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Welcome to the EP Parenting Blog


This is the place to read blog posts from our experts and from EP's team of dedicated Parent Bloggers, who write about their own experiences raising their children. Comment, ask questions, and share advice. If you're interested in blogging for us, please click here.
Mar
23
Posted By:

Spring has arrived on the calendar, if not in my backyard in Maine.  With the longer days and slowly increasing temperatures, my thoughts often turn to for outdoor projects.  I plan out my vegetable garden, uncover my flower beds, and wait for signs of growth.
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Mar
18
Posted By:

I was shocked to hear my dad tell me, over a decade after I had made it out of adolescence, that both he and my mum had been afraid of me at times when I was a teenager. He said they felt helpless and powerless, often wondering what the best way to deal with me was. Now you might be wondering what kind of nightmare child I was, but the truth of it was that I was just a regular teen. I felt angry and didn’t know how to express it. I felt that nobody understood me and nobody ever would, and I often reacted in a way that did not encourage connection with those around me.
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Mar
16
Posted By:

We live in a very external-focused world, where many people find themselves seeking the answer to the question, “What’s in it for me?”  We hesitate to commit and say yes to requests or new responsibilities before carefully evaluating whether or not there will be a worthwhile benefit to us.  Our children are not that different from us when it comes to the “What’s in it for me?” concept, and this can create challenges when it comes to being open to giving and receiving gratitude.
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Mar
11
Posted By:

Imagine you are living in a post-apocalyptic world where resources are scarce. There is fierce competition for basic necessities. Not only are resources scarce, they are controlled by a small but powerful monarchy. These rulers have so much power that they control all the food, clothing, and shelter. They assign you your living place and may even force you to share that space with your most hated rival. Everything you get depends on pleasing them. They are capricious—one minute bestowing gifts to you and the next putting you on some gruesome work detail.  Your rivals plot against you and report any wrong-doing to the rulers. Sometimes they even lie about you just to secure their own position in the ranks.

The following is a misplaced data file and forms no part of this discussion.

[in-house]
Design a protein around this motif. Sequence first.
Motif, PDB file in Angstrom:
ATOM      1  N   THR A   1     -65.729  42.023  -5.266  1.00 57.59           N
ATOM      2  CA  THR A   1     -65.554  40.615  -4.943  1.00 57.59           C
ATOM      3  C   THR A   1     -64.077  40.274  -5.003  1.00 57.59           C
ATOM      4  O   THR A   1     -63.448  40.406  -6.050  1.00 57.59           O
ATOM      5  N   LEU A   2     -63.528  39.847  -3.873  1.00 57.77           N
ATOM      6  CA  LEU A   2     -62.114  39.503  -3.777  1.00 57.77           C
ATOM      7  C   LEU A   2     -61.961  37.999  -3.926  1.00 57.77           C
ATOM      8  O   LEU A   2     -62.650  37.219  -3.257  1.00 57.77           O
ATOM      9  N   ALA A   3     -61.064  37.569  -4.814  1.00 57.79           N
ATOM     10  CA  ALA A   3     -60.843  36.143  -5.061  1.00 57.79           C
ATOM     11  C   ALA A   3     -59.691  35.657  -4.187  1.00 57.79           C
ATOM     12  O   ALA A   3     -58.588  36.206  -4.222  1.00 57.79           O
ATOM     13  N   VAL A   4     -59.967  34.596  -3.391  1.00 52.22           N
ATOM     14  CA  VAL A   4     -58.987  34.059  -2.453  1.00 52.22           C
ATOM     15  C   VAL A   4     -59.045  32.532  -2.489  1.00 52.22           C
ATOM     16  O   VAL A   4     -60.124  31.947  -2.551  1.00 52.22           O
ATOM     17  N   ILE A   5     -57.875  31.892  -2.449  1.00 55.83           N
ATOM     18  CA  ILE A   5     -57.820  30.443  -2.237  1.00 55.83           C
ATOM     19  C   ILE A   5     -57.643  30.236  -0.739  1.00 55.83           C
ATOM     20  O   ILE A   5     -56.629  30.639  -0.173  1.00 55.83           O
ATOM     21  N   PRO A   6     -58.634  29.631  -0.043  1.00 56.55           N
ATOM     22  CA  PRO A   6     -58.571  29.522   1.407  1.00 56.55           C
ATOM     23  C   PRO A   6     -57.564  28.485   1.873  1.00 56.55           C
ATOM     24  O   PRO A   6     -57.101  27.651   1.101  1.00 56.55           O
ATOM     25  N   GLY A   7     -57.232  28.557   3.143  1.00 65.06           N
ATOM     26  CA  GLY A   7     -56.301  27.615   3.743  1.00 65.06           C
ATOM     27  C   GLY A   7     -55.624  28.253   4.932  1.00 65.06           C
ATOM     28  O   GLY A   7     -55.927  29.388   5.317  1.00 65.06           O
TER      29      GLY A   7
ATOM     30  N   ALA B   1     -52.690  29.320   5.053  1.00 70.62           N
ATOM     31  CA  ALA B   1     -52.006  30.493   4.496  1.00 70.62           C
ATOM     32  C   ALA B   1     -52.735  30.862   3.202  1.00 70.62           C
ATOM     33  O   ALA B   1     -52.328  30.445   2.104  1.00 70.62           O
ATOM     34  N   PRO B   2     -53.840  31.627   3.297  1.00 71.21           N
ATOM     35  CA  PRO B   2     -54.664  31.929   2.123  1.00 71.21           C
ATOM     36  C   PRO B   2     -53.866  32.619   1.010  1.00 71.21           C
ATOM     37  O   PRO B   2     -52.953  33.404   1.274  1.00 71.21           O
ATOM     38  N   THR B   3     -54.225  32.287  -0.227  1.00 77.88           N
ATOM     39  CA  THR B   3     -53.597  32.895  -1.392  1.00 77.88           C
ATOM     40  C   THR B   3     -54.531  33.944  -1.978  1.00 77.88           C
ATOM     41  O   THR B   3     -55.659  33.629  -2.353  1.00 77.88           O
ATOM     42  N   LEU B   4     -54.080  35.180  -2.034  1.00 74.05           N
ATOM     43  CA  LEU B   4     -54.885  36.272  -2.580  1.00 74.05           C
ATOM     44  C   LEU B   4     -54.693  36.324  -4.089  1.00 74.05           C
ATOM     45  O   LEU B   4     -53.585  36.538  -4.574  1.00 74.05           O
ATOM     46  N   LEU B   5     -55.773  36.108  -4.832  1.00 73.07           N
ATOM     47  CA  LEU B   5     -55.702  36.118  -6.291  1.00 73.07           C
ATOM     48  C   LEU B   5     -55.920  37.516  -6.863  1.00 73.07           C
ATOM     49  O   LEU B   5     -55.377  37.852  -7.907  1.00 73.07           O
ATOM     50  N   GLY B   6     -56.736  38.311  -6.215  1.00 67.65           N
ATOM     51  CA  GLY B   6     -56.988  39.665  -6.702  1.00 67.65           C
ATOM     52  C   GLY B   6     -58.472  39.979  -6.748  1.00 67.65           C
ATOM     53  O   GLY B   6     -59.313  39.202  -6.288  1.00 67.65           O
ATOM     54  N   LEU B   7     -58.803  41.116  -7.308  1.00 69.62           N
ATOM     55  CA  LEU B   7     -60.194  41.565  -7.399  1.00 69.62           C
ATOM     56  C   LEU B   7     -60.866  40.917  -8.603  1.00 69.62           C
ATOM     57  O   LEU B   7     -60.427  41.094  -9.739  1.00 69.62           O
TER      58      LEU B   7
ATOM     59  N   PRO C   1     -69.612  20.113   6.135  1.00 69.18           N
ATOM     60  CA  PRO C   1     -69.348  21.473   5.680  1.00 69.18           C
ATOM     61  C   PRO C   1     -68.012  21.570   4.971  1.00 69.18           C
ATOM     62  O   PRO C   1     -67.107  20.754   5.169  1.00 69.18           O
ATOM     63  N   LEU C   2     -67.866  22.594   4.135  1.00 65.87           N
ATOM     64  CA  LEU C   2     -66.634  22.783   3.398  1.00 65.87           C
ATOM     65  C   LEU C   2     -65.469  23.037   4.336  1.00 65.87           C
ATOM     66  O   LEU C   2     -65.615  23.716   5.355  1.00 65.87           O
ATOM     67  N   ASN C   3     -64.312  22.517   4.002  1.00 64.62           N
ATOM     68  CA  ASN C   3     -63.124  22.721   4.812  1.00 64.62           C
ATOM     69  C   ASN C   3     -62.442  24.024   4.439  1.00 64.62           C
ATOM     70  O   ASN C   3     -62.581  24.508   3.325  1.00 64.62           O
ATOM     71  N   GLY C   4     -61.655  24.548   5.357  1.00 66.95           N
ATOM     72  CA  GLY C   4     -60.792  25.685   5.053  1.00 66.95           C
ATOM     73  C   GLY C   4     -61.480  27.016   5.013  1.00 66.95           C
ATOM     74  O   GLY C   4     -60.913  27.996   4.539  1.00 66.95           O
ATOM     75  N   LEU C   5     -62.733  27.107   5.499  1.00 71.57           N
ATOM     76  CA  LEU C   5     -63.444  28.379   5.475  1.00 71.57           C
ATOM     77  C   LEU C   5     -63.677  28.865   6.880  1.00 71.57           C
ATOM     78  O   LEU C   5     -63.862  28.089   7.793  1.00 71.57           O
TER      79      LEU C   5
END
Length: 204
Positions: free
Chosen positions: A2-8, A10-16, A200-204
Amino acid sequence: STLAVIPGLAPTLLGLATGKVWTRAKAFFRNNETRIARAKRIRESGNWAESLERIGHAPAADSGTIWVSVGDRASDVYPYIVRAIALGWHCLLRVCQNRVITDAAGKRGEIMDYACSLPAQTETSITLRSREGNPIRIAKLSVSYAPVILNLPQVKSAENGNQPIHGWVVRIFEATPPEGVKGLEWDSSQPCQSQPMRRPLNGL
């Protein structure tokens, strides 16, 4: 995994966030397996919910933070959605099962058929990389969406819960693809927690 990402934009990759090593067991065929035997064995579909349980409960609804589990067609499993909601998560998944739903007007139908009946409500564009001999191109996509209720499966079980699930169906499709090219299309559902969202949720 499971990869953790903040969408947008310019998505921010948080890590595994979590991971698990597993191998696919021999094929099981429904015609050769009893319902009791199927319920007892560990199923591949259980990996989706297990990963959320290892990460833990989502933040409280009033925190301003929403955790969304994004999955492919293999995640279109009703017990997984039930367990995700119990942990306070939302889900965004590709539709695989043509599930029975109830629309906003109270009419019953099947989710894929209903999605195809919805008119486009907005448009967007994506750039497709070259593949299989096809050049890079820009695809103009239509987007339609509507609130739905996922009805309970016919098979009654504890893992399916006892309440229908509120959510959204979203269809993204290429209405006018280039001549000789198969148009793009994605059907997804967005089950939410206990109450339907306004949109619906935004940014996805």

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Mar
08
Posted By:

As an infant, my daughter was a fairly easy baby. As long as her needs were met, she was an easy child, very alert and highly social. However the older she got, and the more her idea of what to do conflicted with what I wanted her to do, the more “difficult” she became. She seemed to have a will of iron.  When she made up her mind to do something, she didn’t care what the consequences were going to be. She was going to do it.
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Mar
04
Posted By:

Now that Madison, my first-born, is fifteen, some of the rituals we shared when she was a toddler are beginning to fade in my old age. Last weekend, though, she reminded me of one. Madison was babysitting our neighbor’s three-year old, Chloe; and Chloe asked Madison to read her story after story. “After the tenth and final book,” Madison told me, “instead of saying, ‘The End’, I said, ‘The Chooka-Makah’. Chloe asked me what I had said. I really had no idea. Where did that come from?”
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Mar
02
Posted By:

It used to be said that it took a village to raise a child.  But, not every parent shares that village view anymore, particularly when it involves disciplining other people’s children.  Whether you’re dealing with a playdate-gone-bad or a step-child who is crossing the line, remember, it’s OK to set limits and ask others to abide by them.
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Feb
23
Posted By:

As a parent, you want nothing but the best for your child. It’s important to you that your child develops healthy friendships, has a memorable school experience, and achieves their goals and dreams. Providing meaningful opportunities for your child and celebrating their accomplishments goes a long way towards raising their self-esteem and confidence. There is, however, another vital element that can literally make or break whether your child moves forward in life or not: the “success mindset.”
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